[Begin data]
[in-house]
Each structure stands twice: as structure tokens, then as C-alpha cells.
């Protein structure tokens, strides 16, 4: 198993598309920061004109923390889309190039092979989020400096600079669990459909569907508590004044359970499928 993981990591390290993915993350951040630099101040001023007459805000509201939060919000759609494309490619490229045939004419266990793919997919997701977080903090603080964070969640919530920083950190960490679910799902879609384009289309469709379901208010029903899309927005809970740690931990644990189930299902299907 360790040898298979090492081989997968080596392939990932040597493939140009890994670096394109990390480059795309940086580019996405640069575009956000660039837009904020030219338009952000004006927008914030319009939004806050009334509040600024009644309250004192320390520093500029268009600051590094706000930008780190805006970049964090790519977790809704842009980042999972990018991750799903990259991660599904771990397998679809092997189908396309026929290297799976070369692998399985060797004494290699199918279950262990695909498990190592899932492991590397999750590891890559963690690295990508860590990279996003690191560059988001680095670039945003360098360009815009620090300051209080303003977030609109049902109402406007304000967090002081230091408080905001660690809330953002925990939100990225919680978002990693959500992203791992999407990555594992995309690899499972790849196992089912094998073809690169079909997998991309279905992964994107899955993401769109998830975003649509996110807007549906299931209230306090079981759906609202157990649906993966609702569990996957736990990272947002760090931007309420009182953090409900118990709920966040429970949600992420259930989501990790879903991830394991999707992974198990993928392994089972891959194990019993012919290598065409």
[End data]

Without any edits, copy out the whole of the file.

[in-house]
Each structure stands twice: as structure tokens, then as C-alpha cells.
């Protein structure tokens, strides 16, 4: 198993598309920061004109923390889309190039092979989020400096600079669990459909569907508590004044359970499928 993981990591390290993915993350951040630099101040001023007459805000509201939060919000759609494309490619490229045939004419266990793919997919997701977080903090603080964070969640919530920083950190960490679910799902879609384009289309469709379901208010029903899309927005809970740690931990644990189930299902299907 360790040898298979090492081989997968080596392939990932040597493939140009890994670096394109990390480059795309940086580019996405640069575009956000660039837009904020030219338009952000004006927008914030319009939004806050009334509040600024009644309250004192320390520093500029268009600051590094706000930008780190805006970049964090790519977790809704842009980042999972990018991750799903990259991660599904771990397998679809092997189908396309026929290297799976070369692998399985060797004494290699199918279950262990695909498990190592899932492991590397999750590891890559963690690295990508860590990279996003690191560059988001680095670039945003360098360009815009620090300051209080303003977030609109049902109402406007304000967090002081230091408080905001660690809330953002925990939100990225919680978002990693959500992203791992999407990555594992995309690899499972790849196992089912094998073809690169079909997998991309279905992964994107899955993401769109998830975003649509996110807007549906299931209230306090079981759906609202157990649906993966609702569990996957736990990272947002760090931007309420009182953090409900118990709920966040429970949600992420259930989501990790879903991830394991999707992974198990993928392994089972891959194990019993012919290598065409």